DBEI earns ACA nomination for highlighting women in construction

By Ceilidh Higgins

DBEI are honoured to announce that we have been selected as a finalist for the ‘Women in Construction Award’ at the 2020 Australian Construction Awards. This award recognises any company or individual championing equality and driving change within a workplace or on a project. Over the last few years, DBEI and our ANZ committee have been focused upon improving awareness of the lack of women in digital technology and growing the female participation rate at our BILT event. 

We also congratulate our fellow finalists – Archisoul Architects, Blackrhino Creative, Build Sydney, Codicote, Construction Assignments, Fulton Hogan, Lend Lease Development and Sage Civil Australia – for their own great work on improving opportunities for women in our industry. Fingers crossed that after next week’s award night we will have even more great news to share!

Our full story as entered for the awards is below…

Gender equity with design technology is a big issue.  For anyone who has ever attended any event with the words “BIM, digital technology or the future of construction” in the description – this imbalance has been obvious at a first glance for many years, a room full of men and a handful of women.  Back in 2017, BILT ANZ probably reflected many other events, with a female participation rate ranging around 15%.  Within two years, we have both increased the size of our event and increased the rate of female attendance to 21% – in real numbers, this means we now have over double the number of women attending our event!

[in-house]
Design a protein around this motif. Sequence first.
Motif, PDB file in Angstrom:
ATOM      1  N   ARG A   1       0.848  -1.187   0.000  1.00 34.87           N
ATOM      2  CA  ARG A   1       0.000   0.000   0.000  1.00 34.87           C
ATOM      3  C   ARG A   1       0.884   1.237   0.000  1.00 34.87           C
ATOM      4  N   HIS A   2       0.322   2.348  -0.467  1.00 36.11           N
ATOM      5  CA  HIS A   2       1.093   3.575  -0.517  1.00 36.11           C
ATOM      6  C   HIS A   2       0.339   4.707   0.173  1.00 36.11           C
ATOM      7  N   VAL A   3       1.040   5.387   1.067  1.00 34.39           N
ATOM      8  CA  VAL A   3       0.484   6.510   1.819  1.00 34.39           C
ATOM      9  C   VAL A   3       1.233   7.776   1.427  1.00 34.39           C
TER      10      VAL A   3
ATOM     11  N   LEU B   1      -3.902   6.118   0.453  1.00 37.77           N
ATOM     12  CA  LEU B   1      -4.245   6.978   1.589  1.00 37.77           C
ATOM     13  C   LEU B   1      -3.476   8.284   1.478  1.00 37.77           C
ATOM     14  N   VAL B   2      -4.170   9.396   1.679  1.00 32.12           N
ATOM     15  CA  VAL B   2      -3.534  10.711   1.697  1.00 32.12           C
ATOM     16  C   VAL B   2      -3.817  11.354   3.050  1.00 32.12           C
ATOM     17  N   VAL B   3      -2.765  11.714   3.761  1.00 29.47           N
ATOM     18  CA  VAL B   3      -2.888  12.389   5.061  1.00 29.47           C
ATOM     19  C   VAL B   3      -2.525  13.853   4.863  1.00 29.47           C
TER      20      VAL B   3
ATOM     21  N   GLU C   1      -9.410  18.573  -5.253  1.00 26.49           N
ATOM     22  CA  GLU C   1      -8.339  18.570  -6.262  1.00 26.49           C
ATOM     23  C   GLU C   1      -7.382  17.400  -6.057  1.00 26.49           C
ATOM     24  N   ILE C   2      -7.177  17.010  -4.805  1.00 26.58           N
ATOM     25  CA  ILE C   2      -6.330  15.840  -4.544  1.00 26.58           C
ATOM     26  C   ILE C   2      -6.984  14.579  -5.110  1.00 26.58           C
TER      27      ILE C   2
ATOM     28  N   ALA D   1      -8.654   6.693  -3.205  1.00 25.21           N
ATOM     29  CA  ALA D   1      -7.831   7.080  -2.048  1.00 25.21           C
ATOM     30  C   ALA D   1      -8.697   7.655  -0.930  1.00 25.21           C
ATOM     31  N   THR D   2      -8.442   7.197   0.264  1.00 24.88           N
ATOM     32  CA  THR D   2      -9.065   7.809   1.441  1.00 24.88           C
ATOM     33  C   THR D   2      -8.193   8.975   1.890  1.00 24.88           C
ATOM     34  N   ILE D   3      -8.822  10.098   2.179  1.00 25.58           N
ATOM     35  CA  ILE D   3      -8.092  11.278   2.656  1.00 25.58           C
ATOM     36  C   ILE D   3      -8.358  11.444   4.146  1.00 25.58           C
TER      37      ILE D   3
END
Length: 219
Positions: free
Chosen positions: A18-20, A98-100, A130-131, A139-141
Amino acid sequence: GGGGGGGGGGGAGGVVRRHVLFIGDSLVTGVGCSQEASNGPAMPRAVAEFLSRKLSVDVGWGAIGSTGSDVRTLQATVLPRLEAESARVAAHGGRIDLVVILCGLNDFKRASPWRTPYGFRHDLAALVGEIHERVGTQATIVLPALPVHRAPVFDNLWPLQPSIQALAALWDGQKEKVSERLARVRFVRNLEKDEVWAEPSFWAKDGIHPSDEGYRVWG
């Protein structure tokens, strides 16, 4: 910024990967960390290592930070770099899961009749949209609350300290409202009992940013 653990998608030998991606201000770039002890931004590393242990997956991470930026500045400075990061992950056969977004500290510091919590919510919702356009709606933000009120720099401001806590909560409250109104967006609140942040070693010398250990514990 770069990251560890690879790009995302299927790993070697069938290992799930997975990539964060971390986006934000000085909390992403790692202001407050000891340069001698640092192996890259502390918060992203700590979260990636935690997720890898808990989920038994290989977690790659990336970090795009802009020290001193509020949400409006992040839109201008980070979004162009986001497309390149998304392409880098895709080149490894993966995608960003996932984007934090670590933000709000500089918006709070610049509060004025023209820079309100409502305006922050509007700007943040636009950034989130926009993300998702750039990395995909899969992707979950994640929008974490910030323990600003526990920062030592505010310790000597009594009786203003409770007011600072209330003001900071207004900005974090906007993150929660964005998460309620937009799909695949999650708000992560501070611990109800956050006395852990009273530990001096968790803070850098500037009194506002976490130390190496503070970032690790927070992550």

At DBEI, we believe that gender diversity stands to help improve our industry and our community. We want to improve gender diversity and support change in our wider industry. As well as standing to positively impact financial performance of organisations, a culture of acceptance helps companies to make better decisions.  Gender diversity helps everyone by improving options for flexibility and work life balance, an issue that is also critical within our industry. 

As a community of professionals, BILT is dedicated to improving the way industry works together. We are a unique event ‘by users, for users’ and, in Australia / New Zealand have a very strong community of professionals who gather each year to share information and knowledge. In 2017, when we began this journey, we would typically attract around 400 professionals from the AEC industry, to learn from 90+ speakers over three days about BIM, digital engineering and architecture, and technology in the built environment. Our delegates were predominately male – 85% and our speaker ratio was even worse.  Whilst we realised this was largely a reflection of industry; we were also aware that our own events in Europe and America were achieving higher rates of female participation (closer to 20%) and we wanted to improve.

The first step to change was to create awareness.  Whilst at first glance it’s obvious that our demographic was mostly men, we wanted our community to stop and to think about this – and to think about why.  We decided that our schedule for 2018 would include a panel to discuss gender – and that this panel would be on the main stage, when no other classes would be running.